13. μP Data memory Program memory ISR 16: MOV R0, 0x8000 System bus 17: # modifies R0 18: MOV 0x8001, R0 19: RETI # ISR return ... P1 P2 Inta Main program Int 16 ... PC 100: instruction 0x8000 0x8001 100 101: instruction 인터럽트 기반I/O(vectored interrupt) 1(a): P is executing its main program 1(b): P1 receives input data in a register with address 0x8000.

  14. μP Data memory Program memory ISR 16: MOV R0, 0x8000 System bus 17: # modifies R0 18: MOV 0x8001, R0 19: RETI # ISR return ... Inta P1 P2 Int Main program 16 ... 1 PC 100: instruction 0x8000 0x8001 100 101: instruction 인터럽트 기반I/O(vectored interrupt) 2: P1 asserts Int to request servicing by the microprocessor Int

  15. μP Data memory Program memory ISR 16: MOV R0, 0x8000 System bus 17: # modifies R0 18: MOV 0x8001, R0 19: RETI # ISR return 1 ... Inta Inta P1 P2 Int Main program 16 ... PC 100: instruction 0x8000 0x8001 100 100 101: instruction 인터럽트 기반I/O(vectored interrupt) 3: After completing instruction at 100, μP sees Int asserted, saves the PC’s value of 100, and asserts Inta

  16. μP Data memory Program memory ISR 16: MOV R0, 0x8000 System bus System bus 17: # modifies R0 16 18: MOV 0x8001, R0 19: RETI # ISR return ... Inta P1 P2 Int Main program 16 16 ... PC 100: instruction 0x8000 0x8001 101: instruction 인터럽트 기반I/O(vectored interrupt) 4: P1 detects Inta and puts interrupt address vector 16 on the data bus 100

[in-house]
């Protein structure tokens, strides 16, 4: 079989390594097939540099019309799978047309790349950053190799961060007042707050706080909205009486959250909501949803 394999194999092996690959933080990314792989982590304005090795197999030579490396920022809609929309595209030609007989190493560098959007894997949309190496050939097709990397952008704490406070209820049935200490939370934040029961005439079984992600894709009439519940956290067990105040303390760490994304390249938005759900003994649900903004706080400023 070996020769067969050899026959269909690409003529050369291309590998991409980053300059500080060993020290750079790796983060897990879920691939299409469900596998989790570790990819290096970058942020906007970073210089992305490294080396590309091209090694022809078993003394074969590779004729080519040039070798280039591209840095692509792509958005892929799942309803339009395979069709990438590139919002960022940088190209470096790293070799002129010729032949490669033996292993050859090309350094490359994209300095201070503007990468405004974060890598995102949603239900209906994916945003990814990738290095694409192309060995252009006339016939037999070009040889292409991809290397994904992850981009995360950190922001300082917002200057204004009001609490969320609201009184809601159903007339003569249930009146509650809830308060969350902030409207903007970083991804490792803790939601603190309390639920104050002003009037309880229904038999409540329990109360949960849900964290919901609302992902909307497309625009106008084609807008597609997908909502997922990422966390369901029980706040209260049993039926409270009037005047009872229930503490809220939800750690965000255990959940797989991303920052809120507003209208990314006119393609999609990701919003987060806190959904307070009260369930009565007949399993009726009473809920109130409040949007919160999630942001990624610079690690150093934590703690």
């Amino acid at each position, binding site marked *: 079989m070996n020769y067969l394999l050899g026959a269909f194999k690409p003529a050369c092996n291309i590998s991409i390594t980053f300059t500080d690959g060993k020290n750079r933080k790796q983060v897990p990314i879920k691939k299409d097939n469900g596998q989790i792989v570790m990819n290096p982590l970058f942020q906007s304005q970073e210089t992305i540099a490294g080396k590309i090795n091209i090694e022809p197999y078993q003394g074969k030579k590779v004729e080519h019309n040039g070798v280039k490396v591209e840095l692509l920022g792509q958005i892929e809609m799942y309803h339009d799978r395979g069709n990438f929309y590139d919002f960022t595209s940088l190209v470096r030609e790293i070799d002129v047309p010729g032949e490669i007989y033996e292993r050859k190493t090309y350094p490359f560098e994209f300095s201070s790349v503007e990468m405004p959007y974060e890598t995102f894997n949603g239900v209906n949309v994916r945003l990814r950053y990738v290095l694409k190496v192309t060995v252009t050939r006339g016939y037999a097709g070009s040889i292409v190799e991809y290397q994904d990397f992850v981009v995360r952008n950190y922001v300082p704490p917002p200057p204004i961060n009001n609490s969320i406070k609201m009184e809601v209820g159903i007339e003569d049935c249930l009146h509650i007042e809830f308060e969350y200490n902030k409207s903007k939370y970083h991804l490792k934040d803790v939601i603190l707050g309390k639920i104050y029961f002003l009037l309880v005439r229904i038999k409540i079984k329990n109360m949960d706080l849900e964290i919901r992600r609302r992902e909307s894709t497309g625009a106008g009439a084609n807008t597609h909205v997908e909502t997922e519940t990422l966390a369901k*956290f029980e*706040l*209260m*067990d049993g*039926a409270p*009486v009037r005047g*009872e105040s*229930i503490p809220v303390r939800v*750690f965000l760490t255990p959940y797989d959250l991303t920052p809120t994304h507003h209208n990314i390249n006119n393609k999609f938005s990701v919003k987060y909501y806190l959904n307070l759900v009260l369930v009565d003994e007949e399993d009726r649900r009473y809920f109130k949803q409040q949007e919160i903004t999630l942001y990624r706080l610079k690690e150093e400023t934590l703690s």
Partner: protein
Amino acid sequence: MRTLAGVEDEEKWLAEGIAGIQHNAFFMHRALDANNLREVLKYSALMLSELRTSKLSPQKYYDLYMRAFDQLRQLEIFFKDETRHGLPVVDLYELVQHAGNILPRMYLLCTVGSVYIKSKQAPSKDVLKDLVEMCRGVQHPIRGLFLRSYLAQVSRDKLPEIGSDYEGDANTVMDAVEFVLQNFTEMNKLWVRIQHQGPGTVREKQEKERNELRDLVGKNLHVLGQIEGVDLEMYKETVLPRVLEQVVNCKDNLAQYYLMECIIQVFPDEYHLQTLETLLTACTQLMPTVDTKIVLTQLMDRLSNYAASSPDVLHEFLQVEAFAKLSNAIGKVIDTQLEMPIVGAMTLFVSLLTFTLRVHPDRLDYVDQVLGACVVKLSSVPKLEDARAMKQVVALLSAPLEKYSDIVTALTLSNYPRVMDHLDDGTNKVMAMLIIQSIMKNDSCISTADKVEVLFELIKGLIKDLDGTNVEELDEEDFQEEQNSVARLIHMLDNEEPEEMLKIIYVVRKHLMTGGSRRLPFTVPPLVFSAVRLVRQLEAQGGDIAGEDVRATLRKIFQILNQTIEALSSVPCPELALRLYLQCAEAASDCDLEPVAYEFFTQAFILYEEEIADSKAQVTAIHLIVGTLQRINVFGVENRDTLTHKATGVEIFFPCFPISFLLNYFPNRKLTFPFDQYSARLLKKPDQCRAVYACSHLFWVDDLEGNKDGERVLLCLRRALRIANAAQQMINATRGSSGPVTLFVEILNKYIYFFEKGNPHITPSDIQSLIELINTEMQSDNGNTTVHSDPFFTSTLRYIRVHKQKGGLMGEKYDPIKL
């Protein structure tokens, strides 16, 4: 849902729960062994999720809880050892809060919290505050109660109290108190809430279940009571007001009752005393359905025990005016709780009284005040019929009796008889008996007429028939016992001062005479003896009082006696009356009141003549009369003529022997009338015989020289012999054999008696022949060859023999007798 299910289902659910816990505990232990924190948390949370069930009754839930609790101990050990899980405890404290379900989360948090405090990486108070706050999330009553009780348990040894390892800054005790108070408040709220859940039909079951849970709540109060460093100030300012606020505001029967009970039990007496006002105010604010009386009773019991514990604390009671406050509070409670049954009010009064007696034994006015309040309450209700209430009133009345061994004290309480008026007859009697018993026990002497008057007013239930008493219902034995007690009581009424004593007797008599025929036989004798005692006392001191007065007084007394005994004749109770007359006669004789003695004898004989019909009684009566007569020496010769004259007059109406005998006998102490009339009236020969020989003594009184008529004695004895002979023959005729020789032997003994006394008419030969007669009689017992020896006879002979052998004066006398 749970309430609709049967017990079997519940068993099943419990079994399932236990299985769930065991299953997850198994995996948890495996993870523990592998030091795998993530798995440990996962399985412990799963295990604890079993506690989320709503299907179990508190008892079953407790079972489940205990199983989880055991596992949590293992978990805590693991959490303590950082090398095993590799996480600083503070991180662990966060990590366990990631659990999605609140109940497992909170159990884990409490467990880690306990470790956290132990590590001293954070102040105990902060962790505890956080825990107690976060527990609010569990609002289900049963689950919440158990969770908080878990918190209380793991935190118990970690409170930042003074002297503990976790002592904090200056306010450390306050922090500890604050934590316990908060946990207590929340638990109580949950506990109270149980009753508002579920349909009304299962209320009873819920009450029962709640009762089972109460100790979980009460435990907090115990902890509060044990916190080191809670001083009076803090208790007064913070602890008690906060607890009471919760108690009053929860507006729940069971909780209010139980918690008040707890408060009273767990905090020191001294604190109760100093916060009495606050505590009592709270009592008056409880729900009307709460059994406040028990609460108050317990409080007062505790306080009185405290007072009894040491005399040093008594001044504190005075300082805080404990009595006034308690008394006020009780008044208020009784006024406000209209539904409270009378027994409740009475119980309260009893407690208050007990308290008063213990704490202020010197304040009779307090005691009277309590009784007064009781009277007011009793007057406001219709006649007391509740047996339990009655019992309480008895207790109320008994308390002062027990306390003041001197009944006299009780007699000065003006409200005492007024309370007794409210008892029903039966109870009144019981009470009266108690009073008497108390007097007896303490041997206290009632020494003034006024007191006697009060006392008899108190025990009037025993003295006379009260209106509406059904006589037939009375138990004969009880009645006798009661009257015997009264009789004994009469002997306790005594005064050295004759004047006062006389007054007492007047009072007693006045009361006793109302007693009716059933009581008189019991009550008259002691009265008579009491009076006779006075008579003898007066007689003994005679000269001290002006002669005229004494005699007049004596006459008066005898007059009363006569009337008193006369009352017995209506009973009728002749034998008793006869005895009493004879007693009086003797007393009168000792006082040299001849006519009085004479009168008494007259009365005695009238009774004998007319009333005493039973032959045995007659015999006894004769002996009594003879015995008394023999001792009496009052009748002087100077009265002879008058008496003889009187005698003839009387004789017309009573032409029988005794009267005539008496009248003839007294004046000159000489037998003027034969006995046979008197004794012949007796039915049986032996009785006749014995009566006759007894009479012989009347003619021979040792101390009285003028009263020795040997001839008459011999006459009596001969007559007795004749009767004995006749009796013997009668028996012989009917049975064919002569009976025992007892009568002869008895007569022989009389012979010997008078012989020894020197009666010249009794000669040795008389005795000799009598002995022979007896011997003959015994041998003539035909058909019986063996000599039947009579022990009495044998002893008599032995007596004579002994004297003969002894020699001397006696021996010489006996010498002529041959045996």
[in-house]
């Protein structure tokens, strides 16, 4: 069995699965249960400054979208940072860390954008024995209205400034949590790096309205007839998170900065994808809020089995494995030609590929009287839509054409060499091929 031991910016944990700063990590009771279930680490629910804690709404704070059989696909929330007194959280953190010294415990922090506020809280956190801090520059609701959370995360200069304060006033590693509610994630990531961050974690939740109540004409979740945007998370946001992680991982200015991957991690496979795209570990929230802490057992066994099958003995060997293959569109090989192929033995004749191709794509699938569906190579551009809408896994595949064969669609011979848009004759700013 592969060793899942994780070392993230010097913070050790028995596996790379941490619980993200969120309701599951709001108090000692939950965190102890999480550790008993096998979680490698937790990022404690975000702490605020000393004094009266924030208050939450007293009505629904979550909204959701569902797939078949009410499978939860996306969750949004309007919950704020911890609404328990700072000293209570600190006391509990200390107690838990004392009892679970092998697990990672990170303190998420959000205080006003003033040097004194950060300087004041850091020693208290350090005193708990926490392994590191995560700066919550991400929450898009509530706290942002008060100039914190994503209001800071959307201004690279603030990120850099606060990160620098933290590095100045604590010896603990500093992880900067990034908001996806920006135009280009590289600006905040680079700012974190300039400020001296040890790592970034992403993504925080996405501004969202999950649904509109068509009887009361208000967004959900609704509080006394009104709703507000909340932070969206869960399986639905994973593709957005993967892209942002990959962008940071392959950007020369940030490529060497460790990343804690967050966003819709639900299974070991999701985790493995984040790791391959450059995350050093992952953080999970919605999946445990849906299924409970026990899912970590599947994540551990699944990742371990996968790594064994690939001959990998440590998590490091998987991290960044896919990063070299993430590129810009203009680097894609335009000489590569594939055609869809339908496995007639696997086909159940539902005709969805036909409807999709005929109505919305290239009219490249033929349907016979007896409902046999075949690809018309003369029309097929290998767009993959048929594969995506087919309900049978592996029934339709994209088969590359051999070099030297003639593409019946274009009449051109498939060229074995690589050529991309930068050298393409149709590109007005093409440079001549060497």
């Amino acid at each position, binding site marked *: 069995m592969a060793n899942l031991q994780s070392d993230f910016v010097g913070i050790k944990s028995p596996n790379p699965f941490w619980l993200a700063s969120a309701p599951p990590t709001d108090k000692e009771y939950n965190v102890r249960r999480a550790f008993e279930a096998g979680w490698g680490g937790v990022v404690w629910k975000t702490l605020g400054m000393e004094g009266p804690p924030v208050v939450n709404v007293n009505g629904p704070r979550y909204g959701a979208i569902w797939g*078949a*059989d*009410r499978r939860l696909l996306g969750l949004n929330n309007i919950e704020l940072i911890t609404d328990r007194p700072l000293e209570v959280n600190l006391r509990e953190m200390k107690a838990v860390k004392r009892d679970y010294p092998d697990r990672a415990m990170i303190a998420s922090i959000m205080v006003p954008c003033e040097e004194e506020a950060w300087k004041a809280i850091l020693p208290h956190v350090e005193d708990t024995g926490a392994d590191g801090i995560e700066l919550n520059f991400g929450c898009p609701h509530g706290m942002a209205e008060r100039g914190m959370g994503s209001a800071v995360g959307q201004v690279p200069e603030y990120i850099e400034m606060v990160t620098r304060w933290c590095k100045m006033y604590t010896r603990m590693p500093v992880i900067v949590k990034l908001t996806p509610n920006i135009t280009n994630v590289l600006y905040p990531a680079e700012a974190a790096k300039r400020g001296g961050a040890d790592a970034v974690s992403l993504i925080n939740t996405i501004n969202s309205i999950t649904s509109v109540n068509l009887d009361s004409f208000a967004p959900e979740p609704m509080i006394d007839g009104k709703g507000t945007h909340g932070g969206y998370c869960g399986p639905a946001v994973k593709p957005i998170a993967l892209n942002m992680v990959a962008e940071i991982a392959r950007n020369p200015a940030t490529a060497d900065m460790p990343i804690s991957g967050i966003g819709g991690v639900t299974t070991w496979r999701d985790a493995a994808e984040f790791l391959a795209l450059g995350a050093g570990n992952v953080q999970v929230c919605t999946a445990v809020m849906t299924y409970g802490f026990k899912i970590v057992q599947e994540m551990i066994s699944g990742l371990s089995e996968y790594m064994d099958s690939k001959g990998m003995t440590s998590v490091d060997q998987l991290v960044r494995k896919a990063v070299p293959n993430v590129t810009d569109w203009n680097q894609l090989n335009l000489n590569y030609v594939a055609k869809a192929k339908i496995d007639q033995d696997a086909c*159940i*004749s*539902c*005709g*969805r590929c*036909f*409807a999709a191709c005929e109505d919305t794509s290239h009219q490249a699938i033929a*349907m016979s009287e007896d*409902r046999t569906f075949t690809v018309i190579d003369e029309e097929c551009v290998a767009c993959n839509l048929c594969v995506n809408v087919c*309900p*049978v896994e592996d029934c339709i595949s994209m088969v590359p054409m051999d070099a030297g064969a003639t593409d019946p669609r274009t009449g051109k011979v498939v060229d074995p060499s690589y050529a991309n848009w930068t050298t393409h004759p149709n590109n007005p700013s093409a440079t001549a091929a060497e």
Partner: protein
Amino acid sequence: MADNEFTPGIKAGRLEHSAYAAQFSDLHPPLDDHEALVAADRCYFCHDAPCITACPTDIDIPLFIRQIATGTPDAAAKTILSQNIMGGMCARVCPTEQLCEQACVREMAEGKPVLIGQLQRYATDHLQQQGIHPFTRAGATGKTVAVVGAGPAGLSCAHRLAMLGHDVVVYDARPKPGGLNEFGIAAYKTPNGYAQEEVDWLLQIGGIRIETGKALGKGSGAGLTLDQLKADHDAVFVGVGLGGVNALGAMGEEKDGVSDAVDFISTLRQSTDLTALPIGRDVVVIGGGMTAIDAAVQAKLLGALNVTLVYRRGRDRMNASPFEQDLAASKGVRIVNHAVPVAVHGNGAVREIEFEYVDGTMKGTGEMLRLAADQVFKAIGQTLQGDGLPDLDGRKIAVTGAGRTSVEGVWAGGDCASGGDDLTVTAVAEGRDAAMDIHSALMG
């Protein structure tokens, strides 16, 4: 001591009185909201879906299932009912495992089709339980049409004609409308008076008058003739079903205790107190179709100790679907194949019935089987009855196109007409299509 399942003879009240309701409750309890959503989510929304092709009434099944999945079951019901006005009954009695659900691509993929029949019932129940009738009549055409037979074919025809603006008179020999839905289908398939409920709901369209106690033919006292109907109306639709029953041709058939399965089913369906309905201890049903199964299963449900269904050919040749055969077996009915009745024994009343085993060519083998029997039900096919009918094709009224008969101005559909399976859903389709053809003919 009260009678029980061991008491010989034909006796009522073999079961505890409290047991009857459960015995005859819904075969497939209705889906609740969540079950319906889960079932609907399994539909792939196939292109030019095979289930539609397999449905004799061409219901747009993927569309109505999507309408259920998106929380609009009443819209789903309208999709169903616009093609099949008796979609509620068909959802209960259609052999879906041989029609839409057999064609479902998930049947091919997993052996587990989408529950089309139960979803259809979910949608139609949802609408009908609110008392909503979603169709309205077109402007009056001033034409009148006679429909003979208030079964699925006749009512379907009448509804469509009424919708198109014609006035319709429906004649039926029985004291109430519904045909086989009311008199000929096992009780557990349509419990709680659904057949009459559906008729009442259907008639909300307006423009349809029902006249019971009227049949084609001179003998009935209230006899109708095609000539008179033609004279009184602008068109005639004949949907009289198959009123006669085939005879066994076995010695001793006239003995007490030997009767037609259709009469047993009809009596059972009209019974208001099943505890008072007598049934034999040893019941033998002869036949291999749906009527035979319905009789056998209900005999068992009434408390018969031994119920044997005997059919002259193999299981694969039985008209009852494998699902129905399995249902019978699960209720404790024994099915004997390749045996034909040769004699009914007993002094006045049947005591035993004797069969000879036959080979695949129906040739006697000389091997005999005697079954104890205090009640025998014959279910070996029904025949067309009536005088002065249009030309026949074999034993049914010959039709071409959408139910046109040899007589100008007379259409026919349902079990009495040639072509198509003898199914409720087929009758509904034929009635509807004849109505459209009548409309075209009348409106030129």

17. μP Data memory Program memory ISR ISR 16: MOV R0, 0x8000 System bus System bus 16: MOV R0, 0x8000 17: # modifies R0 17: # modifies R0 18: MOV 0x8001, R0 18: MOV 0x8001, R0 19: RETI # ISR return ... 19: Inta RETI # ISR return P1 P1 P2 P2 ... Int Int Main program 16 ... Main program 0 PC ... 100: instruction 0x8000 0x8000 0x8001 0x8001 100: instruction 100 101: instruction 101: instruction 인터럽트 기반I/O(vectored interrupt) 5(a): PC jumps to the address on the bus (16). The ISR there reads data from 0x8000, modifies the data, and writes the resulting data to 0x8001. 5(b): After being read, P1 deasserts Int.